One of the keys to unlocking the LSAT Logic Games section is to represent the rules as visually and completely as possible. Most of the time, doing so is relatively straightforward, but there are some rules that are trickier to understand and visualize. Today, we’ll talk about some tricky rules you might see in Ordering logic games and how to approach them to squeeze every last bit of information out of them.
Scenarios are one of the most killer strategies for LSAT logic games. They don’t work for every game, but when you can split a game into two, three, or four possibilities upfront it’ll often make the questions just breeze by.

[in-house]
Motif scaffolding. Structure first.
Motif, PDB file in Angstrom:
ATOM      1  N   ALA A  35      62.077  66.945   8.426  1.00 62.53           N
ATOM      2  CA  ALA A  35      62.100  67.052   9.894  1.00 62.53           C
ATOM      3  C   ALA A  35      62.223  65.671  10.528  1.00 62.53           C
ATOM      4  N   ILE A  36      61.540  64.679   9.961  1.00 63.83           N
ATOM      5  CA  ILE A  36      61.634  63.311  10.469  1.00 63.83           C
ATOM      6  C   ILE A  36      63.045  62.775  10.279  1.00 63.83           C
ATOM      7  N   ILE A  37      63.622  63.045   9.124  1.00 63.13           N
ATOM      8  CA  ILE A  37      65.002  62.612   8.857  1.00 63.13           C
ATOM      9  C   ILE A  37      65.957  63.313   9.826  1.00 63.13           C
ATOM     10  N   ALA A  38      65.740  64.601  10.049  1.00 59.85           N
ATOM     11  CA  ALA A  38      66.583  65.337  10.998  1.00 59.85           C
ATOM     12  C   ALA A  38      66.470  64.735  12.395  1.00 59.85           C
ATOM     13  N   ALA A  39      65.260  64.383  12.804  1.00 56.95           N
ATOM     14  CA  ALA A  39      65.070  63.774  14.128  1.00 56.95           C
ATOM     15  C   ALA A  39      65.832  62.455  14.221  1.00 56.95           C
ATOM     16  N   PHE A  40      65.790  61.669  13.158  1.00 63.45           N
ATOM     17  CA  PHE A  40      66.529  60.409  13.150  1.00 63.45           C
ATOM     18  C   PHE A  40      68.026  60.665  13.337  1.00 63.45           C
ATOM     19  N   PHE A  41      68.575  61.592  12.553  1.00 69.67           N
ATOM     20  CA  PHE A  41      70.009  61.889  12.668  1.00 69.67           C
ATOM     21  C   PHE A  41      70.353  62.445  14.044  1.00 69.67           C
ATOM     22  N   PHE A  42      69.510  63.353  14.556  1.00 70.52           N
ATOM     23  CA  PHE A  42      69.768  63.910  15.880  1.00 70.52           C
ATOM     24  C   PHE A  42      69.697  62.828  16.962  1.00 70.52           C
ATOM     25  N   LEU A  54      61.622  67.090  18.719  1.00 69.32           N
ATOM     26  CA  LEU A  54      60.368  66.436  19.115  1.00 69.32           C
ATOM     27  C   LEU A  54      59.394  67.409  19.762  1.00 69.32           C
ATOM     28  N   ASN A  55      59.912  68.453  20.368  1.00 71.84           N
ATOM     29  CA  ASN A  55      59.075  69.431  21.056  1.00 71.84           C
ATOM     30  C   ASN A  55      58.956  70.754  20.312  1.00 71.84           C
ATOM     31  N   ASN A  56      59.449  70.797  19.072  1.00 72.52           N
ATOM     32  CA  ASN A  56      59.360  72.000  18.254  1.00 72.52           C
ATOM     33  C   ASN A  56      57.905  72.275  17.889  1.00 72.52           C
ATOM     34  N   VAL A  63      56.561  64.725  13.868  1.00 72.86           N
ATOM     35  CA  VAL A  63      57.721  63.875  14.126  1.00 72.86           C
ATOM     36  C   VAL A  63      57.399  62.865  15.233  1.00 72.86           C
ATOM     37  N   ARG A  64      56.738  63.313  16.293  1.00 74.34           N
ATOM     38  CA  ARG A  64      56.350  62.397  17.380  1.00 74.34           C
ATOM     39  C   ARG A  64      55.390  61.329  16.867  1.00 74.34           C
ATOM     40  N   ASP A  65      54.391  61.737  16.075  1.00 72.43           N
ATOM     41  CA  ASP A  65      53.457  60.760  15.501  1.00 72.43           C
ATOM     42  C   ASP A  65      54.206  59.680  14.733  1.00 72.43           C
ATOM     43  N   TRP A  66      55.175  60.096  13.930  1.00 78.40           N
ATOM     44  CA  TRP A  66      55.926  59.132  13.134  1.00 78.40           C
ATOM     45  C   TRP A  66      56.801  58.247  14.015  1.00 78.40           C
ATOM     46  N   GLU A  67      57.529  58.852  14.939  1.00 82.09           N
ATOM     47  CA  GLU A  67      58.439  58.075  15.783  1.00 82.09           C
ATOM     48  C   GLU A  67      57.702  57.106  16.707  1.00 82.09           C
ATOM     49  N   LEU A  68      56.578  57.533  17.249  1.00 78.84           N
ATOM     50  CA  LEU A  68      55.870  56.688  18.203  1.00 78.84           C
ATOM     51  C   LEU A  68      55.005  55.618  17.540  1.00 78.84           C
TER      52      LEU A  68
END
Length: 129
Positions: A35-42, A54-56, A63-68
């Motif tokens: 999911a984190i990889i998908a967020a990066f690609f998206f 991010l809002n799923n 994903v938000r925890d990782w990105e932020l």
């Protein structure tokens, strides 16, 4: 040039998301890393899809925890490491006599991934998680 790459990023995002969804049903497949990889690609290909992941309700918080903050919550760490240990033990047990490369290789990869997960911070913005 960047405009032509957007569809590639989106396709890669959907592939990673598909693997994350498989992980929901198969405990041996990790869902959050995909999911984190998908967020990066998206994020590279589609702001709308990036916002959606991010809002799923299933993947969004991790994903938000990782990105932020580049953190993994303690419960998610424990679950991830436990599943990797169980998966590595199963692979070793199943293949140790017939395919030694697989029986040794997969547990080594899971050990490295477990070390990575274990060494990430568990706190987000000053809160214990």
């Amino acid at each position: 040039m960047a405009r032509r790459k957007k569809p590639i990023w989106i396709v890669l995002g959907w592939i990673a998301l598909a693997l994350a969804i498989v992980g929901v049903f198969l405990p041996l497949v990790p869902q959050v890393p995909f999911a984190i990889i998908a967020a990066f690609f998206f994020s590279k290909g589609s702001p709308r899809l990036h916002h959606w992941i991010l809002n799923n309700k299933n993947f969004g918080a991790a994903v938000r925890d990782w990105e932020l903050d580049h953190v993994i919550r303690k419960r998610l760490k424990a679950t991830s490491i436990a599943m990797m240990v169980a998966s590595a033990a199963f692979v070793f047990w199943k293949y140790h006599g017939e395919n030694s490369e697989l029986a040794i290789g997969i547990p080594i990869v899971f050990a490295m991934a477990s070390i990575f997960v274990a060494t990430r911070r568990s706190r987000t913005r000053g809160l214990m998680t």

In general, look to do scenarios when there’s something in a game that can only go two to four ways and you think that trying those two to four possibilities would help you figure out other thinks in the game. Some kinds of rules lead to scenarios more often than others, so today we’ll cover rules in ordering games that often make scenarios a good idea. If you see one of the following things in a game, it doesn’t necessarily mean that you should do scenarios. But the thought should at least cross your mind.